Vertical and oblique photogrammetry are two of several datasets that can be used to build a comprehensive 3-D geological model of a given area. The regional terrain model with draped geology and the more local oblique photogrammetry geological model presented above illustrate the contribution that each of these 2.5-D mapping techniques can bring to more precise geological mapping. This naturally leads to a possible extrapolation of this map into the construction of a 3-D geology model. Geological bodies are volumes of rock that in many cases had originally continuous bounding surfaces. Given sufficient data density, standard interpolation techniques are available to create surface models required to represent and visualize a given geological body (Mallet, 1992, De Kemp, 1999).
In the case presented below, we describe the outline of a conceptual method to build a three-dimensional geological model by creating geometric objects derived from such 2.5-D map, once integrated with interpreted balanced cross-sections and subsurface exploration data. The animation captured out of the geological modelling software (Figure 7) shows the different steps involved in creating such a model comprising 3-D geological surfaces and voxets (sets of three-dimensional point data or voxels). The model and animation are at their early stages of development and contain unsatisfactory representations of the geology of certain parts of the area, but serve here to illustrate the conceptual approach that we intend to pursue further through the refinement of the model and the development of modelling tools.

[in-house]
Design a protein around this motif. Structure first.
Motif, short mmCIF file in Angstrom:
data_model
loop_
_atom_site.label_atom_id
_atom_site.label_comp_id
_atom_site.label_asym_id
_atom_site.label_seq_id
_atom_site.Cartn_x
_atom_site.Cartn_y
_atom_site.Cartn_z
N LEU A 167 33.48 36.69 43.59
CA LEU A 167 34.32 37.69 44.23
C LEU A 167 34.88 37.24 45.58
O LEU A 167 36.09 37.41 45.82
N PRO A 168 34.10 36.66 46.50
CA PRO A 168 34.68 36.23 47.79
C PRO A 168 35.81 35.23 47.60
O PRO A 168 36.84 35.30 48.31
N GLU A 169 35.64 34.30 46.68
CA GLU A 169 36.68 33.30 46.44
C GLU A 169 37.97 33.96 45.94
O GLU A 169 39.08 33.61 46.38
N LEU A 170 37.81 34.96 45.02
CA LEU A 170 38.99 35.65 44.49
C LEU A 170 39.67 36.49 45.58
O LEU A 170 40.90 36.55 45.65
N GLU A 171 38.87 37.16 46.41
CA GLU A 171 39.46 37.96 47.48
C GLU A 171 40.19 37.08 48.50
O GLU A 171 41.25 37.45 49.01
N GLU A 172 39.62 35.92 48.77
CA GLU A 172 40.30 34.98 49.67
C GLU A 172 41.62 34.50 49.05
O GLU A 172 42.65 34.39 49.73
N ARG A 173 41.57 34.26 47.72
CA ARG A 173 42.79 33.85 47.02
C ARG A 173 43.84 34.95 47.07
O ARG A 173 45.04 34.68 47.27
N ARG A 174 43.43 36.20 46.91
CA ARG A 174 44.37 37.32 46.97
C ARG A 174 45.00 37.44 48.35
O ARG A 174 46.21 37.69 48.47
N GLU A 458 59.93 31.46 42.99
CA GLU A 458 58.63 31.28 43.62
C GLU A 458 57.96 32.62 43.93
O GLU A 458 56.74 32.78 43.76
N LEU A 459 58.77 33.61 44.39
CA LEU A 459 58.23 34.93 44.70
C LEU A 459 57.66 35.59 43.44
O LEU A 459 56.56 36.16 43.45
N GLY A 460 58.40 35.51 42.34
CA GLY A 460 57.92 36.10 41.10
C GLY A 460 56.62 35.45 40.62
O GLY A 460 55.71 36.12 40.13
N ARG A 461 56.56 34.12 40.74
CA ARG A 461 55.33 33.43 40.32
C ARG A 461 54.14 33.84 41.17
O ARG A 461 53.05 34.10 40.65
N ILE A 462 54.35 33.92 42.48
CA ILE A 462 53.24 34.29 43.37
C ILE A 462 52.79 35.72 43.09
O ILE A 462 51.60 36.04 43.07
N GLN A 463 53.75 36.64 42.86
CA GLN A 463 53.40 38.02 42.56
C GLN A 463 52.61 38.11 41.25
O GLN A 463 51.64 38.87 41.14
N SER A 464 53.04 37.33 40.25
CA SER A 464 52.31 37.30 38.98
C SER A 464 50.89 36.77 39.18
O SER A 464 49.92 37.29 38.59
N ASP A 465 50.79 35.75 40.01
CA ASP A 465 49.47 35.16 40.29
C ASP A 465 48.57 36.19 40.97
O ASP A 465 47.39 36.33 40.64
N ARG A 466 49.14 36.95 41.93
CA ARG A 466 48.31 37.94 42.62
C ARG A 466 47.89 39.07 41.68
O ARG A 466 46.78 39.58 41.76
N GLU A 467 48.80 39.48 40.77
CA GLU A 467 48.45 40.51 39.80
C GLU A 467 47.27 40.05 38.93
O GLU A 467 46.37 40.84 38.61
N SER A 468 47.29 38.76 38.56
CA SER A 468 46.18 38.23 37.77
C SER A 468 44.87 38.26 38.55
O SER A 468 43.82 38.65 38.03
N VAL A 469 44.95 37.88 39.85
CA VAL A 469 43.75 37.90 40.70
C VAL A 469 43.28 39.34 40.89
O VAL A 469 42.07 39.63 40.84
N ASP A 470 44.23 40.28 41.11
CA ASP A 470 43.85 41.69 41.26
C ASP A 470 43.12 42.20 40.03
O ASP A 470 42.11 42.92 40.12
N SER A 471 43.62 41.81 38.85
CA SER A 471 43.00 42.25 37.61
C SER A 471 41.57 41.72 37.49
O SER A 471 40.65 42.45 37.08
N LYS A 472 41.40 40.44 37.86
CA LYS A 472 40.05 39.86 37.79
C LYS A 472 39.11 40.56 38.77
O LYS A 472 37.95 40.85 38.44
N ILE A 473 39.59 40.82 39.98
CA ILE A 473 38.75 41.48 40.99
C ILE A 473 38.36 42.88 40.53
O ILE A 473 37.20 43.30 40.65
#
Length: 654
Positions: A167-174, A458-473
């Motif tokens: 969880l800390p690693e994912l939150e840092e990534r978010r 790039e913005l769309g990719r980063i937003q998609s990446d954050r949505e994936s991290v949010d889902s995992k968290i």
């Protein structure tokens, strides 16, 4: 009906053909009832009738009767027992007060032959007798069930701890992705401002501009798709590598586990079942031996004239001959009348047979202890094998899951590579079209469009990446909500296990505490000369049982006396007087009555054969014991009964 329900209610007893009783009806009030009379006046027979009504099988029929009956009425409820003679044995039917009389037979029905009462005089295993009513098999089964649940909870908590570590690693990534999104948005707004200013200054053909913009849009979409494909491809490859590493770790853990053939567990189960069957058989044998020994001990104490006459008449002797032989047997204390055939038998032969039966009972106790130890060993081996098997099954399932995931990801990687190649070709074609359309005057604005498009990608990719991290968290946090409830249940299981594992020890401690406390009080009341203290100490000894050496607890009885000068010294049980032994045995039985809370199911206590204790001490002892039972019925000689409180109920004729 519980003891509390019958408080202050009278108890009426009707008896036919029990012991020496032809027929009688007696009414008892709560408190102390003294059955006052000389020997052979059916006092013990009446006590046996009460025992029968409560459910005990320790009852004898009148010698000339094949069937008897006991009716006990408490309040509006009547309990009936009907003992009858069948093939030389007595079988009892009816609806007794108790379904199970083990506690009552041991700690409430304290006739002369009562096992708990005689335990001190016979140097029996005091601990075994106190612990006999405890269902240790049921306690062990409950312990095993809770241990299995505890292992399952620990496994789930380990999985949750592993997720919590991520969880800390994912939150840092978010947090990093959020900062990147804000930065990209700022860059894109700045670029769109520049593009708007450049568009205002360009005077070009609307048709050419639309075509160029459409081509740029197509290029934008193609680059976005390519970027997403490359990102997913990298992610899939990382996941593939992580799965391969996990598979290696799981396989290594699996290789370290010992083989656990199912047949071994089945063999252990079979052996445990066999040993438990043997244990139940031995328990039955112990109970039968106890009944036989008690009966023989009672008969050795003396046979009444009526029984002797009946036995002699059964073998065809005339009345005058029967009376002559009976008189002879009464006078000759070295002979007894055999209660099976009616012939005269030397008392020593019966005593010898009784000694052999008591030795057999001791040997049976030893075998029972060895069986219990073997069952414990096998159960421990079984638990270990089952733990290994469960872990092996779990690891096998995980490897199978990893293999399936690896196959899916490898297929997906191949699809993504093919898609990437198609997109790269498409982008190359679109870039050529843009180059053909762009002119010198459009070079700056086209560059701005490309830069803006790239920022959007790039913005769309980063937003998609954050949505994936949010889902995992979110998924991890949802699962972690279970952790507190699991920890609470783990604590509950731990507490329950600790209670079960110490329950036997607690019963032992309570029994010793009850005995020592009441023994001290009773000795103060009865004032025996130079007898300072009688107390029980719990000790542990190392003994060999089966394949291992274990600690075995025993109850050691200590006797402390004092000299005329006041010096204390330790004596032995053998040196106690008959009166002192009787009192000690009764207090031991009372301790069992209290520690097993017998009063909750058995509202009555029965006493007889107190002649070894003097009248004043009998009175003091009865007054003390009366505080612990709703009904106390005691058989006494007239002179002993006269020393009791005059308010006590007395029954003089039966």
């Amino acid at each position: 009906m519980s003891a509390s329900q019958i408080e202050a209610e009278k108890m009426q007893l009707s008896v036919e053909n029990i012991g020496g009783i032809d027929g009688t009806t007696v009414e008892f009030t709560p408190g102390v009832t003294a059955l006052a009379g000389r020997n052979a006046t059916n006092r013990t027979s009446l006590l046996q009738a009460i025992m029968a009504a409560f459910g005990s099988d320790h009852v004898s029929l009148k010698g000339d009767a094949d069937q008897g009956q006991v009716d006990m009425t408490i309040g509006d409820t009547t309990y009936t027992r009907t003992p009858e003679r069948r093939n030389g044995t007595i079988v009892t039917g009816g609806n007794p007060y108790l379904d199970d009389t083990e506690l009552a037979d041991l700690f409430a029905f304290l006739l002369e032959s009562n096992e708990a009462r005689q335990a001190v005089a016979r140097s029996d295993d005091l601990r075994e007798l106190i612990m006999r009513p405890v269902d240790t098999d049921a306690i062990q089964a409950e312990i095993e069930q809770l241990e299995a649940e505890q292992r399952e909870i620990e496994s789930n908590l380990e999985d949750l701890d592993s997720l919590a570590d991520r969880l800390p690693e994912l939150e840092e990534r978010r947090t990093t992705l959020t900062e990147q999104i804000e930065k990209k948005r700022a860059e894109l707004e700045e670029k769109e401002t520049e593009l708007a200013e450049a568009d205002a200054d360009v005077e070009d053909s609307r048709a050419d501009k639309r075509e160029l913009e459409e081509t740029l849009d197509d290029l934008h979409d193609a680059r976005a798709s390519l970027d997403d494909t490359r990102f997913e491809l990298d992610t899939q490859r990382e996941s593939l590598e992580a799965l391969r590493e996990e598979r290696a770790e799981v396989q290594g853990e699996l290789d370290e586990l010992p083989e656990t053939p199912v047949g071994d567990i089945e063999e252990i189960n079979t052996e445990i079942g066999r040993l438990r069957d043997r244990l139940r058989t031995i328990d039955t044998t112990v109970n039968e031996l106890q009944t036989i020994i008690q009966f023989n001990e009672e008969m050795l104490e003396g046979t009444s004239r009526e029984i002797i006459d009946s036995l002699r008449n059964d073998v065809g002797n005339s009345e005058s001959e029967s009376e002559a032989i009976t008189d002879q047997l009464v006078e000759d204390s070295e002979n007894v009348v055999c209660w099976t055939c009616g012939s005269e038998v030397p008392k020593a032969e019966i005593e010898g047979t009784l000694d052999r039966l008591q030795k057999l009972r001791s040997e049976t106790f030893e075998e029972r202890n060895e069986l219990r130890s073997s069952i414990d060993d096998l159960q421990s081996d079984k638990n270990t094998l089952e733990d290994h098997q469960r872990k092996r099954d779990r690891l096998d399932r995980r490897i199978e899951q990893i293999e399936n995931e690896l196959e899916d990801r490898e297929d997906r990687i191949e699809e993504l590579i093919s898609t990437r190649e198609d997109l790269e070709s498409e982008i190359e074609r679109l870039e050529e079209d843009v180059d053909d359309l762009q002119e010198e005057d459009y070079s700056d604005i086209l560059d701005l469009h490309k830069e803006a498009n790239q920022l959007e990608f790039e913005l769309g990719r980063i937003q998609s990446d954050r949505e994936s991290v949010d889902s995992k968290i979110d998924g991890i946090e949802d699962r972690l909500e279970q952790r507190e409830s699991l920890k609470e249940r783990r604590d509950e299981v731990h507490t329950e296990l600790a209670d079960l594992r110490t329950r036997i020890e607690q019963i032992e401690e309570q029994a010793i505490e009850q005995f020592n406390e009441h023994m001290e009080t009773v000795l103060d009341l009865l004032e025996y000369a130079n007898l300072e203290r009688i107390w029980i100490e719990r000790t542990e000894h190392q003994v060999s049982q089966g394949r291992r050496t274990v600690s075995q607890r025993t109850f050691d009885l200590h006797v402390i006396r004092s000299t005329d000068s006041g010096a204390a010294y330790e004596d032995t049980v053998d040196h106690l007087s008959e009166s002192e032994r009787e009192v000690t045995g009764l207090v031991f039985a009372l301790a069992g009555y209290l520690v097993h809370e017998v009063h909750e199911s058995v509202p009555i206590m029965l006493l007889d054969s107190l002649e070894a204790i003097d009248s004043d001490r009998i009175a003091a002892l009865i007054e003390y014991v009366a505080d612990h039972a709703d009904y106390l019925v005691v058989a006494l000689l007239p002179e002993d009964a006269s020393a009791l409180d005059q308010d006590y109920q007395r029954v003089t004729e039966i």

We used the gOcadTM geological modelling software (Mallet, 1992) to extract geologic surfaces from key lithostratigraphic boundaries and build a rough 3-D block-diagram of the Moose Mountain area of the Canadian Foothills (Figure 7). This software focuses on different aspects of geoscience modelling, with tools adapted to geophysics, geology and reservoir engineering applications. Structural modelling draws on a set of surfacing tools to construct the lithologically continuous and faulted geological surfaces, critical to build a geological model of a thrust-fold belts. Interpolation of the surfaces between the construction points (constraints) is performed by the Discret Smooth Interpolation (DSI) algorithm that honours control points (Mallet, 1992). A structural module provides various workflows to model different structural frameworks.